Beginner’s guide to Blockchain: Understanding the basics


We recently had the inaugural Africa Blockchain Conference, which was held at the Serena Conference Centre in Kampala under the theme “The Role of Blockchain Technology in Africa’s Transformation”. The conference was a highlighter of the different, yet relevant, use cases in a variety of sectors to demonstrate the value and importance of the technology with in the continent.

But despite having over 750 attendees from 23 countries, 100 pitch competition submissions and over 60 speakers and panelists, the basics of Blockchain might not have gotten the clearest definition. Many parties find it hard to distinguish the technology from cryptocurrency, and the few that can are often misled into thinking that cryptocurrency runs the chain.

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It is for this reason that we are running a series of basic knowledge posts, to guide you on what Blockchain is, how it operates, and why it is a revolutionary technology.

What is Blockchain Technology?

Blockchain is a distributed ledger platform, a collection of accounts, that allows for the creation and management of decentralized systems and processes, which enhance efficiency and transparency of transactions across business operations. One may ask, what is the difference between centralized and decentralized?

Let’s imagine you want to take a friend out on a date. In a centralized world you would have to ask permission from your friend, who will have to find out if you have enough money to facilitate the date , and can only allow after its confirmed. In a decentralized  world, you don’t have to prove your worth; Blockchain will confirm if you have the money and you will proceed the date.

What is a Distributed Ledger?

A distributed ledger is a digital log that uses independent computers, referred to as nodes, to record and share transaction data and then regularly synchronize the data. The transaction data is grouped into blocks, and as each block is completed, it is added to the chain where it becomes a timestamped record that can’t be altered or removed.

The validated block of transactions is added to a chain in a linear chronological order. New blocks of validated transactions are linked to older blocks, making a chain of blocks that show every transaction made in the history of that blockchain. The entire chain is continually updated so that every ledger in the network is the same, giving each member the ability to prove who owns what at any given time.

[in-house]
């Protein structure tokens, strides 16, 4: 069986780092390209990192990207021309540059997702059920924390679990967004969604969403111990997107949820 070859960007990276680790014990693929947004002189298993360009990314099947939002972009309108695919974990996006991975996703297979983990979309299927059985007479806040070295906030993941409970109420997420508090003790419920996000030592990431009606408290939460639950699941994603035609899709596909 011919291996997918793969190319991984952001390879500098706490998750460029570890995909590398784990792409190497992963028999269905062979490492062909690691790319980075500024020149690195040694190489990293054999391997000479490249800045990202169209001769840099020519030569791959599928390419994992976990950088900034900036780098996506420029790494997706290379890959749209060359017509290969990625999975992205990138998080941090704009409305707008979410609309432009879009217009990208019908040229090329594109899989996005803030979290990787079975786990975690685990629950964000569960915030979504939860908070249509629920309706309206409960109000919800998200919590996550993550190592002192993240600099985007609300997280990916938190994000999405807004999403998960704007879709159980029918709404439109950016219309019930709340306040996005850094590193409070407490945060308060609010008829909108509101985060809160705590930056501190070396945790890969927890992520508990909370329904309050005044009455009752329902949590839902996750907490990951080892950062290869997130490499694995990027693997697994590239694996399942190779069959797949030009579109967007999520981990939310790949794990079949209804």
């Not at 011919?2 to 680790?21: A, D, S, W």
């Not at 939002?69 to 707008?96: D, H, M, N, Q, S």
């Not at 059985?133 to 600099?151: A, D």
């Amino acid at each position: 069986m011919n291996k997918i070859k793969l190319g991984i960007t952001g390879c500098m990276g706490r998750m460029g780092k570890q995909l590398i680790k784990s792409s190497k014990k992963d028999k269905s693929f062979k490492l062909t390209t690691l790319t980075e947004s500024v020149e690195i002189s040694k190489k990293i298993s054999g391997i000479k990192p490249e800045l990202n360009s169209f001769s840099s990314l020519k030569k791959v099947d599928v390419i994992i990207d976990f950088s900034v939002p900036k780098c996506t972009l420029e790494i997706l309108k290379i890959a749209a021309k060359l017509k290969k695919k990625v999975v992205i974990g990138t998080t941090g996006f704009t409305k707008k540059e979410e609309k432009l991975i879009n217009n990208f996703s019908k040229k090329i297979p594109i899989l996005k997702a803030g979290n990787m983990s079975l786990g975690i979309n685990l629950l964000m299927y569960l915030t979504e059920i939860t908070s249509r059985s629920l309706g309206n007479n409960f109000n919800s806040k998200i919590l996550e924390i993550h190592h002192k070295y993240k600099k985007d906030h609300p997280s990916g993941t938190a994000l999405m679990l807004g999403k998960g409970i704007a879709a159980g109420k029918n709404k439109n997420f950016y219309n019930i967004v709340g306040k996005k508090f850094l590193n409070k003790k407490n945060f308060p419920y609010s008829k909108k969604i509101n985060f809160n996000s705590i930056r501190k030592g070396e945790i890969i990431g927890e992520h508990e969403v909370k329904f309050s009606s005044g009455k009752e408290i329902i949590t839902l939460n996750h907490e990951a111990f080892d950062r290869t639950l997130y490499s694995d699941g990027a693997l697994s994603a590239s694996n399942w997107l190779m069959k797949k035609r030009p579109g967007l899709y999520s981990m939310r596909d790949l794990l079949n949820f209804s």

Distributed ledgers have 3 key attributes: Recorded – stored information is time-stamped; Transparent – anyone can see the ledger of transactions; and Decentralized – the ledger exists on multiple computers, often referred to as nodes.

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How does Blockchain Record Transactions?

Blockchain uses open-source algorithms written to record a transaction into a digital file, or ledger entry,which is distributed and duplicated on a network of connected, private computers or nodes across the world. It is this network of connected computers that maintain and secure the ledger.

How does it Verify Transactions?

A wallet is used to verify transactions allowing you to store, view, and track your deals. Wallets are protected by a unique pair of a private key and a public key using cryptography, both of which are required to access a wallet. Take your public key to be your email address and your private key to be your password. You ought not to share your private key with anyone, thus keeping it in a safe and secure place.

Keys generate a digital signature unique to each transaction request that nodes use to check the source and authenticity. Since the actual data itself is part of the digital signature, the network will not recognize it as valid if any part of it is tampered with. So, editing even the slightest aspect of the data reshapes the whole signature, making it false and obsolete.

Understand that Blockchain only holds recorded transactions, while the wallet owners analyze and verify transactions that take place in connection to the wallet. This implies that there is no need for a central entity or middleman to coordinate transactions, because blockchain is duplicated across a network and records only the facts of any agreement between two entities.

How secure is Blockchain?

When transactions take place, they are logged and grouped into blocks, with each block protected by an irreversible cryptographic hash function that nodes are able to solve using complex mathematics and superfast computing. It is the node that adds the block to the chain that already exists in the blockchain network, in a process called mining.

Once the transaction data is added to the blockchain, it cannot be altered or removed. The data is logged in minutes, is transparent, requires no third-party, and is of little cost.


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